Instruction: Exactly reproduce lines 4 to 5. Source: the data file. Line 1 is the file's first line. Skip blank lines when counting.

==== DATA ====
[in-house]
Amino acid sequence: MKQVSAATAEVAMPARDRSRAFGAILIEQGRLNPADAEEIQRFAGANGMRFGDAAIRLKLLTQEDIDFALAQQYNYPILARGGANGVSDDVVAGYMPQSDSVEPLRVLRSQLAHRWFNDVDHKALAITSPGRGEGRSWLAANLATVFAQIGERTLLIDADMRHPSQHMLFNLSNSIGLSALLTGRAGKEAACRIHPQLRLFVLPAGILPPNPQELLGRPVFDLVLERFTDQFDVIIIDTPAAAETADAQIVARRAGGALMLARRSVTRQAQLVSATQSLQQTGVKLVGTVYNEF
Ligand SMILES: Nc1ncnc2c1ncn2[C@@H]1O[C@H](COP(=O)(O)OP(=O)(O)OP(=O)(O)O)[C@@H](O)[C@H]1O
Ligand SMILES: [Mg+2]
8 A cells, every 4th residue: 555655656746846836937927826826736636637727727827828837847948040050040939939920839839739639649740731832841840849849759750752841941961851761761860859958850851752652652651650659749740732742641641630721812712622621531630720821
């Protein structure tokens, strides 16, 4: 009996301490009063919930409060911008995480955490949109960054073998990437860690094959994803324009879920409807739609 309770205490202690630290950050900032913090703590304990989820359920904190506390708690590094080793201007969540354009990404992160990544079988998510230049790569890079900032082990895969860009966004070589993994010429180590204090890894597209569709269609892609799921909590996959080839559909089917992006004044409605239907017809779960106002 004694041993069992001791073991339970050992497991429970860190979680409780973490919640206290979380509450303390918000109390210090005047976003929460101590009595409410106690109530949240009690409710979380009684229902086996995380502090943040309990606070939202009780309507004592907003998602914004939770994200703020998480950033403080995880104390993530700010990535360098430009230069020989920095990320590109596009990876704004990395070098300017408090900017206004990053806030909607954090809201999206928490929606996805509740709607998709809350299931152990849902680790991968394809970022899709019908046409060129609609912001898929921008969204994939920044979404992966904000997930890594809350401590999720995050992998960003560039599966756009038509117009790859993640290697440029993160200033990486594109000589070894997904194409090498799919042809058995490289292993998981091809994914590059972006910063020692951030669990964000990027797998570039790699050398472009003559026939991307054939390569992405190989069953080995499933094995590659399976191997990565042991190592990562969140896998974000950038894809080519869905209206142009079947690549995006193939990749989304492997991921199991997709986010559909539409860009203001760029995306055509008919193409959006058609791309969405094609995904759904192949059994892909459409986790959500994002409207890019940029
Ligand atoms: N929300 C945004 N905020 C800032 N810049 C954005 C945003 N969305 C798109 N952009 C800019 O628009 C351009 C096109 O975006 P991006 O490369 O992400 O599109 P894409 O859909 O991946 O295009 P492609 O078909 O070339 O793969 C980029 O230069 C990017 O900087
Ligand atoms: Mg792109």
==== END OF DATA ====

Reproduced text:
Ligand SMILES: [Mg+2]
8 A cells, every 4th residue: 555655656746846836937927826826736636637727727827828837847948040050040939939920839839739639649740731832841840849849759750752841941961851761761860859958850851752652652651650659749740732742641641630721812712622621531630720821